Left Hand Turns and Pedestrians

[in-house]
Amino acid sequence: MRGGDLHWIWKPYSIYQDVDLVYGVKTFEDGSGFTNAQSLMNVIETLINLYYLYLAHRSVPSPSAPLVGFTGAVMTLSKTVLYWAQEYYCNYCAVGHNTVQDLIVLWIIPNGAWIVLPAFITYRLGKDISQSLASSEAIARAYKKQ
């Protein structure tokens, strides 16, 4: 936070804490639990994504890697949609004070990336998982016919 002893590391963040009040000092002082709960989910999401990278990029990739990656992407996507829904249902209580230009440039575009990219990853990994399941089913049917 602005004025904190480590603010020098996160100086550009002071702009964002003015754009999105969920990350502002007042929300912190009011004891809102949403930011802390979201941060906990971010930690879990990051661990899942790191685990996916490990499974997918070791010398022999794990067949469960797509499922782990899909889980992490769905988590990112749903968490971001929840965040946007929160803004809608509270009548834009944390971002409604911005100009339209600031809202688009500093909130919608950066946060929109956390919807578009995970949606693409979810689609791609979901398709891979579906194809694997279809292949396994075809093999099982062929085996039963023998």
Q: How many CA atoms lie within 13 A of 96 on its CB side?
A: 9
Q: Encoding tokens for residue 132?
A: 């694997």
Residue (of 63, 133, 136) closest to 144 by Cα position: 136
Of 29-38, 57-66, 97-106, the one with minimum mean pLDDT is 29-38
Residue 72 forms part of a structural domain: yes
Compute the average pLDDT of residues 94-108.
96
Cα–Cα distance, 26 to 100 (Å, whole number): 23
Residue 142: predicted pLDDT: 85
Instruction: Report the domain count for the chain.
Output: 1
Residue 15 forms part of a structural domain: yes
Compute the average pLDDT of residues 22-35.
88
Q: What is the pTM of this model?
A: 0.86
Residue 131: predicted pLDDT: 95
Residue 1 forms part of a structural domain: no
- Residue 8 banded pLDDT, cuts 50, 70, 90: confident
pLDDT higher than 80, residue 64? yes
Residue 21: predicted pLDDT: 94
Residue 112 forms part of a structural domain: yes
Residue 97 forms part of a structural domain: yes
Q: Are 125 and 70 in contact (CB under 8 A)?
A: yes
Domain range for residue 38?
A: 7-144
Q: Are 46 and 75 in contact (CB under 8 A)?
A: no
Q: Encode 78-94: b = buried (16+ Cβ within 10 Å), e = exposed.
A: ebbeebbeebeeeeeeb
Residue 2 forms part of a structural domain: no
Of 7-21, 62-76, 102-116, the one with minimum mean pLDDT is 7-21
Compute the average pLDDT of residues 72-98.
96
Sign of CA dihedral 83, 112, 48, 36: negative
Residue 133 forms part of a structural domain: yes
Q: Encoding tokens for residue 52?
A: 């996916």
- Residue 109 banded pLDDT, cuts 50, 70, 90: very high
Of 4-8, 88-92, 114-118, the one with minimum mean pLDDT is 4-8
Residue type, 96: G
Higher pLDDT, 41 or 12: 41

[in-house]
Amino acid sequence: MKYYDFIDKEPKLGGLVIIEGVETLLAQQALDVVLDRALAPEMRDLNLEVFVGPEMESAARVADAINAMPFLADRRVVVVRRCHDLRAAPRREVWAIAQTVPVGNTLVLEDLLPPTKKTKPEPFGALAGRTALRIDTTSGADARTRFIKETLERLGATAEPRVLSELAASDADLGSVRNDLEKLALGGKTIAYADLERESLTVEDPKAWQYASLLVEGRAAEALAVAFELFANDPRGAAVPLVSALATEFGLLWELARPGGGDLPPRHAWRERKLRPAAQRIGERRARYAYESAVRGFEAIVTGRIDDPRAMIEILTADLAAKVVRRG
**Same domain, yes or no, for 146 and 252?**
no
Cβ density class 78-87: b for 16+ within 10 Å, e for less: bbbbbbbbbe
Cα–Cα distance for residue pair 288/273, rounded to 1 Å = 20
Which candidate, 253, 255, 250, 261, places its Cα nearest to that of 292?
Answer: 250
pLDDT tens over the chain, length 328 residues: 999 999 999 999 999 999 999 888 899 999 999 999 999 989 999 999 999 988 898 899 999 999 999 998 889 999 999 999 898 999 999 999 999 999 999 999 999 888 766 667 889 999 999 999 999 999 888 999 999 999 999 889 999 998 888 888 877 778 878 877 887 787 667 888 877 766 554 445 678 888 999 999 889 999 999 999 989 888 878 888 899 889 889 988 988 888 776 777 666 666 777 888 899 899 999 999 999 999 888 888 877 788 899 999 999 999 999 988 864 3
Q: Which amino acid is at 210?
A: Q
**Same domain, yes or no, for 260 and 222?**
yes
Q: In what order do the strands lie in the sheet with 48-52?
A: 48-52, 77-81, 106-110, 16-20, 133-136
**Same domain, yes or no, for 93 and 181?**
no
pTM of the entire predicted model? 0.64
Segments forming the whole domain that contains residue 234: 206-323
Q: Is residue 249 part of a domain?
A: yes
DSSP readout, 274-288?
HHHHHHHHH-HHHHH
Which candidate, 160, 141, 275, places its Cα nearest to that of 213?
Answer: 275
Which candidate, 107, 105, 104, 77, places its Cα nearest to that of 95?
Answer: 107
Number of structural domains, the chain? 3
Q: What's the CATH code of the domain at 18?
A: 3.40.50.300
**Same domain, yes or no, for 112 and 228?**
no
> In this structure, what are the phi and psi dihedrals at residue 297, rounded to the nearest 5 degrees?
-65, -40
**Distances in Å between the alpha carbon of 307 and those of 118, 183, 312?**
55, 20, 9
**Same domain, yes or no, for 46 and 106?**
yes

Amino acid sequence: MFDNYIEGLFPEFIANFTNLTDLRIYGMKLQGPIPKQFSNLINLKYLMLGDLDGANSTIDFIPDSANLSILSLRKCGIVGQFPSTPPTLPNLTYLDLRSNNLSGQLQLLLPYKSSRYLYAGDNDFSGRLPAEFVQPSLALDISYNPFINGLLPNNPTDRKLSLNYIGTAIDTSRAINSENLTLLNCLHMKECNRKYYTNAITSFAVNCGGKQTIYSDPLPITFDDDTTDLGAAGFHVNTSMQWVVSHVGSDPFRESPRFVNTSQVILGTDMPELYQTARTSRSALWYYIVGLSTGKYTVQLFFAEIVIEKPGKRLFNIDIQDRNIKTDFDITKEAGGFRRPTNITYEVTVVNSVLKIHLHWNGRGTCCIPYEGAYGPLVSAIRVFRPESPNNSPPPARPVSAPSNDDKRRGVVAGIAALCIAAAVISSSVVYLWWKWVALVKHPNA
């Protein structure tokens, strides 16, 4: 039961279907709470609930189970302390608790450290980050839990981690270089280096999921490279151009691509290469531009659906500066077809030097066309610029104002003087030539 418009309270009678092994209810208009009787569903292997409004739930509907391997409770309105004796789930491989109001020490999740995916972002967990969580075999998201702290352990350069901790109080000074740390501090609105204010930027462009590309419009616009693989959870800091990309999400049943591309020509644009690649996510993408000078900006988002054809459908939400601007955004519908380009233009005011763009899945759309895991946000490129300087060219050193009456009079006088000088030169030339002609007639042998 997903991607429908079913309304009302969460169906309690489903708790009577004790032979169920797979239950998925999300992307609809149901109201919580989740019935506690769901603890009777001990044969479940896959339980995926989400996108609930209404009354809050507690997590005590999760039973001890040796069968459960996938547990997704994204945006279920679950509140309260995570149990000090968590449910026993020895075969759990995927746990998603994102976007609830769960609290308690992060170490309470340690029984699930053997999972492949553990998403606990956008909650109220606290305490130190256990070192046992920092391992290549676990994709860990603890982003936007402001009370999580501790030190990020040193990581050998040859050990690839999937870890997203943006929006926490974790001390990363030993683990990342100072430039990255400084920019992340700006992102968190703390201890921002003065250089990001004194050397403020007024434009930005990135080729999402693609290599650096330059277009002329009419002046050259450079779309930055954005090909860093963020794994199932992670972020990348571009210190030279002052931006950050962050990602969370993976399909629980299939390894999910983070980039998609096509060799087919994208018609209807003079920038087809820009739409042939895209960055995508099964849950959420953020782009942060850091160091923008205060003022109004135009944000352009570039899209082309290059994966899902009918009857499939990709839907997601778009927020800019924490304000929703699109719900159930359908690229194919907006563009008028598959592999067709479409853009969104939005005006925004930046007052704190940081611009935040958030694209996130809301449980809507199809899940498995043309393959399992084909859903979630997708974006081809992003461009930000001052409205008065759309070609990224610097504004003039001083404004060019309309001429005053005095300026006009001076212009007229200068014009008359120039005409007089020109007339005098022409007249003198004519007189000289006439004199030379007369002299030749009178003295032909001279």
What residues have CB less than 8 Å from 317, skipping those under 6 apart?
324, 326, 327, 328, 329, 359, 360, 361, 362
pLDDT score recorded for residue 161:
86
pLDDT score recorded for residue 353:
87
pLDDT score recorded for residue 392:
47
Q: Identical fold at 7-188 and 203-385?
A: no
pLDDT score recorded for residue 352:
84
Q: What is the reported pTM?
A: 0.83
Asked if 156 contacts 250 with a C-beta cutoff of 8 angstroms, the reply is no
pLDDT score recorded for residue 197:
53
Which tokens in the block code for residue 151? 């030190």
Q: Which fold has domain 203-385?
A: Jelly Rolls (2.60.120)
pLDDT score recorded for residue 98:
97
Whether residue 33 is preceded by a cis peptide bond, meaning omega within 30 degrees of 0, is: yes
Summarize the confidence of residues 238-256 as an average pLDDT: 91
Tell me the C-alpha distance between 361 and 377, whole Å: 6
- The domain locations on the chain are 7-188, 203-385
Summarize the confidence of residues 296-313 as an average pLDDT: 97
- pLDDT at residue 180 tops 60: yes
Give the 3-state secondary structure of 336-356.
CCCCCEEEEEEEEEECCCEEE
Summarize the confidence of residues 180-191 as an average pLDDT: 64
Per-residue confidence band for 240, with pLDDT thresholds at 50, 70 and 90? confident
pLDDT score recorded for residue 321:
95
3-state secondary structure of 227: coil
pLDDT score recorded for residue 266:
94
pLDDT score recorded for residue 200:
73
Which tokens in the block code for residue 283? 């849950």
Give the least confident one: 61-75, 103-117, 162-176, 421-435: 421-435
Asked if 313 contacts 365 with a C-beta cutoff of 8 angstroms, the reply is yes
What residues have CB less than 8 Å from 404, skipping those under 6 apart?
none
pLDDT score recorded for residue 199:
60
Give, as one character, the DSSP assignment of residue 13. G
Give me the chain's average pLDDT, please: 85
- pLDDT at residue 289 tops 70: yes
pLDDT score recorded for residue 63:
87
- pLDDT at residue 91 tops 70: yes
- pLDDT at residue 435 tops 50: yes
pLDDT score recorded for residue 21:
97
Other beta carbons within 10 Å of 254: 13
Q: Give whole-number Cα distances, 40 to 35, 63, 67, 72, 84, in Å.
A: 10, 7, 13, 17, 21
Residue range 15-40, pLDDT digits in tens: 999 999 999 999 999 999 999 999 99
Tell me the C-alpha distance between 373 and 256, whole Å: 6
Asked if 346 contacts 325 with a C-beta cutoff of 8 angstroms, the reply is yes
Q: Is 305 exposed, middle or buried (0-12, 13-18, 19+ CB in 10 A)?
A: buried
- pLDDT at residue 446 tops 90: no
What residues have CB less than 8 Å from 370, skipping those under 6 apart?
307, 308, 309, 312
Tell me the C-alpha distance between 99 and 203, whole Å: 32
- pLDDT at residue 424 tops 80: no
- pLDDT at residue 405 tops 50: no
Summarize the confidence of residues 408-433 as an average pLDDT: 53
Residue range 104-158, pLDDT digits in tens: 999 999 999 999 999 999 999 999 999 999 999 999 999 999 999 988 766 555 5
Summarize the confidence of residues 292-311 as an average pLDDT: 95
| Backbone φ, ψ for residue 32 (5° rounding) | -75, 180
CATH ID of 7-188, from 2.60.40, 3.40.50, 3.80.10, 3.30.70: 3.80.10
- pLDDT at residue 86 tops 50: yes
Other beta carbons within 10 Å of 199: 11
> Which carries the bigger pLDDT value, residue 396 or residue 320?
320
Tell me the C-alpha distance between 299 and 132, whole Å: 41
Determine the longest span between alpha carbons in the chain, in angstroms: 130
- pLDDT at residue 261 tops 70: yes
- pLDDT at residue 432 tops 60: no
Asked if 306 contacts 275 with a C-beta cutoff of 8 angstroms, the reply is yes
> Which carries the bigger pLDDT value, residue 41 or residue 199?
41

A study that examined driver behavior (in regard to permitted left turns) has identified what researchers call an “alarming” level of risk to pedestrians crossing the street – about 9% of the time, drivers don’t even bother to look and see if there are people crossing. A “protected” left turn is a solid green arrow that gives a driver the total right of way in a left-turn lane. A “permitted” left turn allows a driver to turn when safe to do so. This often involves a confusing mix of signals, and drivers may have to pick their way through small windows of oncoming traffic. “There are far more pedestrian crashes in marked crosswalks than anywhere else on roads, and pedestrians have a false sense of security,” said David Hurwitz, an assistant professor of transportation engineering at Oregon State University. “This study found that one key concern is ‘permitted’ left turns.” While waiting to make a left turn, sometimes taking a narrow opportunity to lunge into a stream of oncoming traffic, drivers focus most of their attention on the cars and the traffic signal rather than pedestrians crossing the street. The heavier the traffic, the less consideration given to pedestrians. In a controlled analysis (in a full-scale driving simulator that monitored specific eye movements) the engineers found that about one time in 10 or 20, the driver didn’t even look to see if a pedestrian was there before moving into the intersection. This suggests a major risk level to pedestrians, if they assume that drivers not only will look for them, but will allow them to cross the street. The problem is worsened by “permitted” left turn signals that vary widely from state to state and sometimes even from one city to the next. Such turns might be allowed by a circular green light, a flashing circular yellow light, a flashing circular red light, or even a flashing yellow arrow. The danger is so high that more states and cities should consider prohibiting “permitted” left turns while pedestrians are allowed to be in the crosswalk. In Washington County in Oregon traffic managers recently did just that, after receiving a high number of complaints about pedestrian-vehicle conflicts. The jury is still out regarding the results of this change. If you have any questions or concerns, feel free to contact us by calling (888) 467-0312 or visit us online at http://www.oliveroslaw.com/ with all your legal needs.